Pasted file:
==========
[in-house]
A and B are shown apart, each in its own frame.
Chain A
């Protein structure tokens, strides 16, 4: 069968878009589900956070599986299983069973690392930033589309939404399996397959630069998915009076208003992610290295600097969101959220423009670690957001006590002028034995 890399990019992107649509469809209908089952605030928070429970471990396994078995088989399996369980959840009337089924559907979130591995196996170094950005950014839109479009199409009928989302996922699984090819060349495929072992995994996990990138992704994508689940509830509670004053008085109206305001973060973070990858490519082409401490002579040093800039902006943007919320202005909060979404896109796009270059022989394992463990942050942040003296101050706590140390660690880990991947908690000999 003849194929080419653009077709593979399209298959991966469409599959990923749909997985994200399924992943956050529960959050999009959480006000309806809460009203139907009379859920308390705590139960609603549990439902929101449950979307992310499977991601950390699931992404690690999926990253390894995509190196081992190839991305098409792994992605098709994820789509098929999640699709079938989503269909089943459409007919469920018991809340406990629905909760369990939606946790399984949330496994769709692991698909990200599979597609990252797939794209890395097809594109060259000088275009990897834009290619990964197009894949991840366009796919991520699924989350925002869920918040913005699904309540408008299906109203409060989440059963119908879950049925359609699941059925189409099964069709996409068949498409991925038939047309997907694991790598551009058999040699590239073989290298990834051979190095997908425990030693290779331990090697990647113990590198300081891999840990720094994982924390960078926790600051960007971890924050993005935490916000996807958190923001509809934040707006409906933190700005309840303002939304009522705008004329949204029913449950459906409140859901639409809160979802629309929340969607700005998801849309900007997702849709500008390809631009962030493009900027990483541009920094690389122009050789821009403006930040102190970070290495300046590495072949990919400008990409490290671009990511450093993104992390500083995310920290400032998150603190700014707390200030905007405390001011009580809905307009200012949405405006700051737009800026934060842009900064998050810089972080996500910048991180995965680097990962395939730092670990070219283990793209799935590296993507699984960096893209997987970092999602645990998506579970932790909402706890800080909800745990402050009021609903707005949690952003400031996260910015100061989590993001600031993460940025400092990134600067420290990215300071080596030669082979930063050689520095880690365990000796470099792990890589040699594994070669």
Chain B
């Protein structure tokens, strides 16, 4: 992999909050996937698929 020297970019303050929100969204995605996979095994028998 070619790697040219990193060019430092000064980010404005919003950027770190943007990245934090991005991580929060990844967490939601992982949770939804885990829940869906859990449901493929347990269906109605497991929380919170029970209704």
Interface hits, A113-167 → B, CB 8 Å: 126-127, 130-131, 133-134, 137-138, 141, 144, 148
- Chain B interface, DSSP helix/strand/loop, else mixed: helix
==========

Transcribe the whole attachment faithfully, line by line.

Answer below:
[in-house]
A and B are shown apart, each in its own frame.
Chain A
């Protein structure tokens, strides 16, 4: 069968878009589900956070599986299983069973690392930033589309939404399996397959630069998915009076208003992610290295600097969101959220423009670690957001006590002028034995 890399990019992107649509469809209908089952605030928070429970471990396994078995088989399996369980959840009337089924559907979130591995196996170094950005950014839109479009199409009928989302996922699984090819060349495929072992995994996990990138992704994508689940509830509670004053008085109206305001973060973070990858490519082409401490002579040093800039902006943007919320202005909060979404896109796009270059022989394992463990942050942040003296101050706590140390660690880990991947908690000999 003849194929080419653009077709593979399209298959991966469409599959990923749909997985994200399924992943956050529960959050999009959480006000309806809460009203139907009379859920308390705590139960609603549990439902929101449950979307992310499977991601950390699931992404690690999926990253390894995509190196081992190839991305098409792994992605098709994820789509098929999640699709079938989503269909089943459409007919469920018991809340406990629905909760369990939606946790399984949330496994769709692991698909990200599979597609990252797939794209890395097809594109060259000088275009990897834009290619990964197009894949991840366009796919991520699924989350925002869920918040913005699904309540408008299906109203409060989440059963119908879950049925359609699941059925189409099964069709996409068949498409991925038939047309997907694991790598551009058999040699590239073989290298990834051979190095997908425990030693290779331990090697990647113990590198300081891999840990720094994982924390960078926790600051960007971890924050993005935490916000996807958190923001509809934040707006409906933190700005309840303002939304009522705008004329949204029913449950459906409140859901639409809160979802629309929340969607700005998801849309900007997702849709500008390809631009962030493009900027990483541009920094690389122009050789821009403006930040102190970070290495300046590495072949990919400008990409490290671009990511450093993104992390500083995310920290400032998150603190700014707390200030905007405390001011009580809905307009200012949405405006700051737009800026934060842009900064998050810089972080996500910048991180995965680097990962395939730092670990070219283990793209799935590296993507699984960096893209997987970092999602645990998506579970932790909402706890800080909800745990402050009021609903707005949690952003400031996260910015100061989590993001600031993460940025400092990134600067420290990215300071080596030669082979930063050689520095880690365990000796470099792990890589040699594994070669």
Chain B
């Protein structure tokens, strides 16, 4: 992999909050996937698929 020297970019303050929100969204995605996979095994028998 070619790697040219990193060019430092000064980010404005919003950027770190943007990245934090991005991580929060990844967490939601992982949770939804885990829940869906859990449901493929347990269906109605497991929380919170029970209704």
Interface hits, A113-167 → B, CB 8 Å: 126-127, 130-131, 133-134, 137-138, 141, 144, 148
- Chain B interface, DSSP helix/strand/loop, else mixed: helix